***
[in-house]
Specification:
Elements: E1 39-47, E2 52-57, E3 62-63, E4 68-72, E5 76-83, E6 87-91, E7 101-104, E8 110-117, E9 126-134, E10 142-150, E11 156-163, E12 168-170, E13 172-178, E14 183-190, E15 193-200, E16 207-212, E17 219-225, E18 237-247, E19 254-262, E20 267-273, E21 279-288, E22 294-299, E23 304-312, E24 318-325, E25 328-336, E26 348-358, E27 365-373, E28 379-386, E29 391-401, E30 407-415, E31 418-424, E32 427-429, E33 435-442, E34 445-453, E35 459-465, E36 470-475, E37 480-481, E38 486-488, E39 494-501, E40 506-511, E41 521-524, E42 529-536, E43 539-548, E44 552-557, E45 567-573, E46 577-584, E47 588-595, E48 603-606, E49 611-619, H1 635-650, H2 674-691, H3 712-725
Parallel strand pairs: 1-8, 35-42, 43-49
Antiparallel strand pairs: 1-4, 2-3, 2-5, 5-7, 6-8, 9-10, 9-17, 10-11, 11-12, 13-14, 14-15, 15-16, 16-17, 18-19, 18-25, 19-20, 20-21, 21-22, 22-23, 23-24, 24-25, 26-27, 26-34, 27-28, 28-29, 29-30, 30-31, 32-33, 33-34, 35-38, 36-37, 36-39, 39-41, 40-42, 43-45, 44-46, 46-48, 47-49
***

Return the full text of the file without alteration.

[in-house]
Specification:
Elements: E1 39-47, E2 52-57, E3 62-63, E4 68-72, E5 76-83, E6 87-91, E7 101-104, E8 110-117, E9 126-134, E10 142-150, E11 156-163, E12 168-170, E13 172-178, E14 183-190, E15 193-200, E16 207-212, E17 219-225, E18 237-247, E19 254-262, E20 267-273, E21 279-288, E22 294-299, E23 304-312, E24 318-325, E25 328-336, E26 348-358, E27 365-373, E28 379-386, E29 391-401, E30 407-415, E31 418-424, E32 427-429, E33 435-442, E34 445-453, E35 459-465, E36 470-475, E37 480-481, E38 486-488, E39 494-501, E40 506-511, E41 521-524, E42 529-536, E43 539-548, E44 552-557, E45 567-573, E46 577-584, E47 588-595, E48 603-606, E49 611-619, H1 635-650, H2 674-691, H3 712-725
Parallel strand pairs: 1-8, 35-42, 43-49
Antiparallel strand pairs: 1-4, 2-3, 2-5, 5-7, 6-8, 9-10, 9-17, 10-11, 11-12, 13-14, 14-15, 15-16, 16-17, 18-19, 18-25, 19-20, 20-21, 21-22, 22-23, 23-24, 24-25, 26-27, 26-34, 27-28, 28-29, 29-30, 30-31, 32-33, 33-34, 35-38, 36-37, 36-39, 39-41, 40-42, 43-45, 44-46, 46-48, 47-49